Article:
The 7 shades of Kilimanjaro
When you climb Kilimanjaro you need to protect yourself from the sun. That’s as obvious as the nose on your face, but are you truly protecting your nose? What about your ears, your cornea, your nostrils, the underside of your chin?
In a global warming world the sun is more brutal than it has ever been. You must keep up with the latest sun protectors to keep you safe atop Kilimanjaro for the following 3 reasons:
- ALTITUDE. The UV radiation at altitude increases 10-12% per 3,300-ft/1,000-m of increased elevation. So at Uhuru Peak the sun is 60-72% more intense than at sea level.
- LATITUDE. The closer you are to the equator, the higher the UV radiation levels. Kilimanjaro is 3.03 degrees south of the equator.
- GROUND REFLECTION. UV radiation is reflected by snow. So if you’re hiking in the snow, as often happens above 15,000-ft./4,572-m., it can reflect as much as 80% of UV radiation.
The first rule of skin protection is a no-brainer—stay covered. Hike in long pants, long sleeves and a hat. No sunscreen is going to protect you better than good clothing.
Here are seven other ways to protect your sensitive skin from the sun.
Sunscreen: More the merrier
Your first line of your facial defense is your sunscreen, but SPF doesn’t do you any good unless you’re putting on sunscreen often and in the right places. You will need an SPF of 50 or higher preferably one that contains zinc oxide or titanium dioxide. Reapply often and make sure it goes on all unprotected places. You would be surprised how many trekkers get sunburnt ears, nostrils and under chins.
Sunglasses: Primo pair please
Climbing Kilimanjaro is not a day at the beach you need a premium pair of sunglasses that will filter at least 95 percent of the sun’s ultra-violet rays. If you can see your eyes through the lenses of your sunglasses they are too light. You need them tinted and they should have side shields. Snow blindness is common atop Kilimanjaro so protect your cornea with a primo pair of shades.
Find the right lid
Baseball caps don’t make you look dorky, but they don’t do the job of protecting your face and ears. Find a sun hat that is wide brimmed providing max coverage, that doesn’t obstruct your vision and won’t blow off in the wind. The brim must stay firm in that wind. Some of the newer models are made with light fabrics containing a 50 plus UVF factor. If the hat you find also packs easily for travel, buy it, but bring along a ball cap for that beer back in Moshi after you bag the summit.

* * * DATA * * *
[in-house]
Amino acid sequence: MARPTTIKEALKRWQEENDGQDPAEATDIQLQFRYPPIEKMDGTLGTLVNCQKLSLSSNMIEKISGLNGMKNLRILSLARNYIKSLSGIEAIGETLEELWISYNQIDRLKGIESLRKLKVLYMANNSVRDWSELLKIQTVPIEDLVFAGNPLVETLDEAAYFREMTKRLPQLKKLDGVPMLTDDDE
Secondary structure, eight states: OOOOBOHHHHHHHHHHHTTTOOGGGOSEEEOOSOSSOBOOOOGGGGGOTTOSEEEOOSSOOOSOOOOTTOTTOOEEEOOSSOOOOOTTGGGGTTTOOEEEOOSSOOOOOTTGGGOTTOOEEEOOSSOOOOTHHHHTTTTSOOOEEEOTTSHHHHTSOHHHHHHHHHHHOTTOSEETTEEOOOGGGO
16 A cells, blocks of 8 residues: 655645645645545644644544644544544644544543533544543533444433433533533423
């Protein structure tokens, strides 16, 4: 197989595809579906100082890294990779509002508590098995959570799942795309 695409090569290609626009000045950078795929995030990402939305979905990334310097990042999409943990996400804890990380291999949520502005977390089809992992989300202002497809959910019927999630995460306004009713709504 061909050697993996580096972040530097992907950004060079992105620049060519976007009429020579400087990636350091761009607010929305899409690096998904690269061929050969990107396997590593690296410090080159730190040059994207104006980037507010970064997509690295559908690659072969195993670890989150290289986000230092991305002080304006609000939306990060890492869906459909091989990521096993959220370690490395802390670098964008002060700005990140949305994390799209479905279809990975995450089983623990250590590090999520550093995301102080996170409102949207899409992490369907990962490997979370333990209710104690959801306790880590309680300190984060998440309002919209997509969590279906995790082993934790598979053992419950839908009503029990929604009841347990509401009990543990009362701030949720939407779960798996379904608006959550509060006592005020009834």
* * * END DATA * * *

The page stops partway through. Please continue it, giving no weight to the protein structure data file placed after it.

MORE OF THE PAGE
Shield that schnoz
What is your most vulnerable body part while in a sun field? Your nose. It sticks out and is often the first to fry so you need special protection. Nose sun protection has come a long way and is now almost fashionable. Nose cone straps that fit onto your glasses with a hook are lightweight, can be adjusted to fit your proboscis and are made with comfortable leather. Before you place it on your nose coat your schnozzle with a heavy layer of sun cream and you’re good to go.
Kilimanjaro is hard on lips as the combo of wind, sun and snow glare can chap you quickly. Find the best lip balm available and bring multiple sticks. They are light and pack easily. Use often and smear liberally. You will want a big painless celebratory kiss atop Kilimanjaro so protect those lips.
In the Buff
Perhaps the most versatile sun protector is your buff. It can serve as a scarf, a neck gaiter, a dust screen and ear cover. Get the newer models that have UV protection. Buffs are pliable and often more effective than sunscreen.
When the sun goes down
Just because the sun has gone down that doesn’t mean you’re not protecting your skin. Aloe Vera is the best after sun lotion you can find. After washing all the sun cream off your face liberally apply Aloe Vera and let its hydrating, peel prevention powers take hold. Drinking copious amounts of water after eight hours of slogging through sun fields is also good for your skin.
Here comes the sun
Most adventure travelers love the sun and that’s not all bad. We need the sun; it warms us and makes us feel alive. But let’s not throw caution to the sun and get burned. If we don’t take sun protection as seriously as the waterproof boots on our feet and hydration packs on our backs, a bad sunburn can ruin your trek and potentially cause serious health problems down the road.